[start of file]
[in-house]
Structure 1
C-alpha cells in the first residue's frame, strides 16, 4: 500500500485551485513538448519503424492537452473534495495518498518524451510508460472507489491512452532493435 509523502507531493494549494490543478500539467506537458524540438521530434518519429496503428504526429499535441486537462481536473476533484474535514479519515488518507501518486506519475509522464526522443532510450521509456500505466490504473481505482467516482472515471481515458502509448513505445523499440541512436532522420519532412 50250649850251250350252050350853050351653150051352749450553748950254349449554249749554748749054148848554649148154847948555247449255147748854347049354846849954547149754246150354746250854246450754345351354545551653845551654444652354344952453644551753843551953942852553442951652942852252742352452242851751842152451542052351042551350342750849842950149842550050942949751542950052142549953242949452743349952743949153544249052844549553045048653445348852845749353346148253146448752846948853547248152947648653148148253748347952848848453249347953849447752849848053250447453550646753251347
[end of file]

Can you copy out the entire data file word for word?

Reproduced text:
[in-house]
Structure 1
C-alpha cells in the first residue's frame, strides 16, 4: 500500500485551485513538448519503424492537452473534495495518498518524451510508460472507489491512452532493435 509523502507531493494549494490543478500539467506537458524540438521530434518519429496503428504526429499535441486537462481536473476533484474535514479519515488518507501518486506519475509522464526522443532510450521509456500505466490504473481505482467516482472515471481515458502509448513505445523499440541512436532522420519532412 50250649850251250350252050350853050351653150051352749450553748950254349449554249749554748749054148848554649148154847948555247449255147748854347049354846849954547149754246150354746250854246450754345351354545551653845551654444652354344952453644551753843551953942852553442951652942852252742352452242851751842152451542052351042551350342750849842950149842550050942949751542950052142549953242949452743349952743949153544249052844549553045048653445348852845749353346148253146448752846948853547248152947648653148148253748347952848848453249347953849447752849848053250447453550646753251347